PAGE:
IT’S common to see athletes with minor injuries hold off undergoing surgeries for a few weeks or months to make themselves available especially for crucial games for their respective teams.
But it’s rare to see a player put off an operation for an entire career.
Chito Victolero is one of those battle-scarred veterans, nursing a fractured left pinky finger for the duration of his three-year PBA career.
A reader noticed the current Magnolia coach’s crooked pinky finger in a photo on the story on how Victolero has kept himself financially stable even before becoming a PBA player.
So we asked the 44-year-old coach, who recalled hurting it right on his first day of practice as a rookie for Sta. Lucia, which selected him with the 13th overall pick in the 2002 Draft.
The injury was listed as a fracture, but Victolero just played it down and played through it.
“Hindi naman ganito ka-grabe yun before nung naglalaro ako kaya hindi naman affected game ko,” Victolero said in an online message while inside the PBA bubble in Clark where the Hotshots are expected to contend in the Philippine Cup after finishing runners-up last year.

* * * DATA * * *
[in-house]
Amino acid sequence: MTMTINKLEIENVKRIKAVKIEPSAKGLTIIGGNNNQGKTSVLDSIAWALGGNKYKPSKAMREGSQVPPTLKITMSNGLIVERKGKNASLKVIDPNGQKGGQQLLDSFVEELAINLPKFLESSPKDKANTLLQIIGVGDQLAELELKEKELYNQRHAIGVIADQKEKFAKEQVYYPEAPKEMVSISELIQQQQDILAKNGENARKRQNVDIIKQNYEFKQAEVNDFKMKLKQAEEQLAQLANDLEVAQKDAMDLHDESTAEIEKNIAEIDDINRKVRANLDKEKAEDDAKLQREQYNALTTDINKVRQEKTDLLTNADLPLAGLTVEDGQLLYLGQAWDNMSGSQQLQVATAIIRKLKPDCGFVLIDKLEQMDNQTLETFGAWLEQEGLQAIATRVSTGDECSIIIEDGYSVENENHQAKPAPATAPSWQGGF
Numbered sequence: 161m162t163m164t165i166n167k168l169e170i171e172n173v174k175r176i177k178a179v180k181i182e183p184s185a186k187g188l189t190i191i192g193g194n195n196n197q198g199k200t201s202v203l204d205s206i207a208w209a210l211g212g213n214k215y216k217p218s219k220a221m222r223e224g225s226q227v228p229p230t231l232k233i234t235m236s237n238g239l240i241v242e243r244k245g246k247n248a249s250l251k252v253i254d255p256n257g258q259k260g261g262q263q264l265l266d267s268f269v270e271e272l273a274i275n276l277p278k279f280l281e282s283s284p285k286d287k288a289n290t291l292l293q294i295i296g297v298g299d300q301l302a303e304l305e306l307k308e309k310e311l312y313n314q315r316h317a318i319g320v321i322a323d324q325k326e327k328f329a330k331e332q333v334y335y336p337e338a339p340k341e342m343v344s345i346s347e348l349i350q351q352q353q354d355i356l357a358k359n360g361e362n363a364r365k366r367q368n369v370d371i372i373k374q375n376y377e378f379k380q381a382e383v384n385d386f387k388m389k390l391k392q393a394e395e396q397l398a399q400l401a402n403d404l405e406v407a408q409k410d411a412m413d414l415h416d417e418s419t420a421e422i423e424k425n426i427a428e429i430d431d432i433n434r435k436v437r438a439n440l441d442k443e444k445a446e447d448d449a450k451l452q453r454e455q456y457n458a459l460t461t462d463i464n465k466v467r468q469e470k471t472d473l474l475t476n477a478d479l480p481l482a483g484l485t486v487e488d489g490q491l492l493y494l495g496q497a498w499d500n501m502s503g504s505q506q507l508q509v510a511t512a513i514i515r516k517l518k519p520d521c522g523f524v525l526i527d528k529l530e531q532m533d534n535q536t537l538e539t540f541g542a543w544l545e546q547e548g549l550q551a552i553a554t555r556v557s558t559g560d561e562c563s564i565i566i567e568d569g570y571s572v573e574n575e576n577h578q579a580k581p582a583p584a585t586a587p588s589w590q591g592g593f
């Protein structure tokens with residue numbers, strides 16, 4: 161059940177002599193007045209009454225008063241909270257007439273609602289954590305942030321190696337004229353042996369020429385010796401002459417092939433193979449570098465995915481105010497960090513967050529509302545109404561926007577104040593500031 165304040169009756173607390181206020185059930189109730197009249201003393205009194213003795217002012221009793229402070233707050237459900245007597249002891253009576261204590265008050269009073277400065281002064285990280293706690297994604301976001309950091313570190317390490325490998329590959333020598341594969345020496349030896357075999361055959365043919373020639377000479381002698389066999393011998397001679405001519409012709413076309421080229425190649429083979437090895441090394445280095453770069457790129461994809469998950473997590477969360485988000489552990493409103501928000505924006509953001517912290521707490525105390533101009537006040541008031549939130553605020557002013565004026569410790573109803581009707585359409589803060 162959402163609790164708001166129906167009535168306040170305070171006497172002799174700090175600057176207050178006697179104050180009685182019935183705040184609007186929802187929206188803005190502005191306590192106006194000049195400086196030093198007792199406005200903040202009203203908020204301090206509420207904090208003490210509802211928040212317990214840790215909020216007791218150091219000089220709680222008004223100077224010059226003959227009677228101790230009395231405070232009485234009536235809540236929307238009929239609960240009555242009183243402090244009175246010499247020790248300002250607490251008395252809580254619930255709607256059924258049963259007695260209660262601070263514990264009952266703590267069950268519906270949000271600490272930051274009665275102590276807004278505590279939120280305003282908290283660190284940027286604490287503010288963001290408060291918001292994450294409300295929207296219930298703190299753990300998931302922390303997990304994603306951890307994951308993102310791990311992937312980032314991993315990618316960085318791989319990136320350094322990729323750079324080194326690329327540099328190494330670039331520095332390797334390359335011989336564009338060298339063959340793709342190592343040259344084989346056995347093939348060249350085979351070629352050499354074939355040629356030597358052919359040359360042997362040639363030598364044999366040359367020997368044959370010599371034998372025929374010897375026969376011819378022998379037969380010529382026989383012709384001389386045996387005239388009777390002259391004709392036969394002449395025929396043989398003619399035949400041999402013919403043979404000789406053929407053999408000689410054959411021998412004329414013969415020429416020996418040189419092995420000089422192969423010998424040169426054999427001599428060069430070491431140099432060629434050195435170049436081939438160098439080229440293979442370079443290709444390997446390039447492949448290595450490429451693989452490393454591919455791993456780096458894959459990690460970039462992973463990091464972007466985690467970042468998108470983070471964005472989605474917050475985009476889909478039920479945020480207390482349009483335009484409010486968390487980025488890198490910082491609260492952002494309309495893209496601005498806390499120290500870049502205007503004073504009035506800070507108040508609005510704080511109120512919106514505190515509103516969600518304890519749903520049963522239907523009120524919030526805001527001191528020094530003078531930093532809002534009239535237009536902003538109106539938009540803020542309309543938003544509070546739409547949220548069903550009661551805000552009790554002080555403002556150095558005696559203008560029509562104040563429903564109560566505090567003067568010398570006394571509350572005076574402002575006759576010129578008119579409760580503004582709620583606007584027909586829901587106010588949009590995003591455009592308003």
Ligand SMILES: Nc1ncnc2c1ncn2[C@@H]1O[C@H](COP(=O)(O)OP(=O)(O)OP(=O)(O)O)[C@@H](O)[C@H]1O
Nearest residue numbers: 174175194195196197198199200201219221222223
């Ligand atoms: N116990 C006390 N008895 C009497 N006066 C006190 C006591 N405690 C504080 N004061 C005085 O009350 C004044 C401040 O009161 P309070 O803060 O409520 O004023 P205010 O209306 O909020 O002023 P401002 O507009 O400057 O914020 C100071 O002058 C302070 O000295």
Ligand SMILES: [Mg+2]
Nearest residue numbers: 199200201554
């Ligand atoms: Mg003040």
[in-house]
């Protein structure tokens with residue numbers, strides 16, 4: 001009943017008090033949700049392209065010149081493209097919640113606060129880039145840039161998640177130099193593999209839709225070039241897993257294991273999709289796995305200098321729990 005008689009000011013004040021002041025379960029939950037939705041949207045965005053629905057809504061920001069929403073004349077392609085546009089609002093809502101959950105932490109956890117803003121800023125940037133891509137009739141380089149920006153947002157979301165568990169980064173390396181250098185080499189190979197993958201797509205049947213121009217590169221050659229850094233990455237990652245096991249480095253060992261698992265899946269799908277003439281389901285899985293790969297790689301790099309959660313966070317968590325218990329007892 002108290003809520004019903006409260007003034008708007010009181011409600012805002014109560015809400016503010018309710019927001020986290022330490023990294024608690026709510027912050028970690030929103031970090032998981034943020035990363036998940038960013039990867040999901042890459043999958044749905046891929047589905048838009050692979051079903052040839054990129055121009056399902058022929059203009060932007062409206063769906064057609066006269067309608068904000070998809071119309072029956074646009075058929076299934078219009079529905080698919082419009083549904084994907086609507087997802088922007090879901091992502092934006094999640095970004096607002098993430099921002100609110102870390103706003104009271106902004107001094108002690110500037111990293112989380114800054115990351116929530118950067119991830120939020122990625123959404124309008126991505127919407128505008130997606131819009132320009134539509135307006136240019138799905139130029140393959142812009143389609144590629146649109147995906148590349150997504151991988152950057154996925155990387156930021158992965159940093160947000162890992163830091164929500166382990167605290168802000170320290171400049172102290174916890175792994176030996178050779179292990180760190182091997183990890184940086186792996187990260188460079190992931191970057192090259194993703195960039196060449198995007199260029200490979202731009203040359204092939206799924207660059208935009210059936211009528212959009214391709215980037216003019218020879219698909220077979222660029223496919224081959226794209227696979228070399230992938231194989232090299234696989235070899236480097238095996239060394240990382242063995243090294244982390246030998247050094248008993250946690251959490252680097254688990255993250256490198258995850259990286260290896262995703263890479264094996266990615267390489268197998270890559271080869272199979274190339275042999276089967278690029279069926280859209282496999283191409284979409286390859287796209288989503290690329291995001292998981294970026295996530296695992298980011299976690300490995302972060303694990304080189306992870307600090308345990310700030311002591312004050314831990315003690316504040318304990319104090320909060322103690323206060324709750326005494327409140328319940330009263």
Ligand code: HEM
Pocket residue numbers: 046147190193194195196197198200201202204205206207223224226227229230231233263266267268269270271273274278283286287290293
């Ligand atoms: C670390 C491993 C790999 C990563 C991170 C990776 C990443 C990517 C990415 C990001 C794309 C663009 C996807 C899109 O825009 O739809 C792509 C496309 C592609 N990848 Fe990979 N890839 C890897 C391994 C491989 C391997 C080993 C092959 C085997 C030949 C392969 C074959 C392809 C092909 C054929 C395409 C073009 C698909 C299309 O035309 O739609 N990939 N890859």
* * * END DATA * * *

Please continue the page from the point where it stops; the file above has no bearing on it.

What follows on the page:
True enough, Victolero, a pass-first point guard, managed to play through his injury until the end of his decent pro career that ended with a one-conference stint with FedEx in 2005.
The Sta. Maria, Bulacan native continued to live with a bent finger as he transitioned into coaching his alma mater Mapua in 2009, then as Kia’s de facto coach from 2014 to 2016, before calling the shots at Magnolia.
“Then through the years, lumalala na lang siya hanggang naging ganito. Hindi ko na napa-opera eh. Nasanay na lang ako,” Victolero said.
Whatever his hands look, Victolero only cares about making the right gestures that lead to the Hotshots making the right plays as they aim for an all-Filipino championship.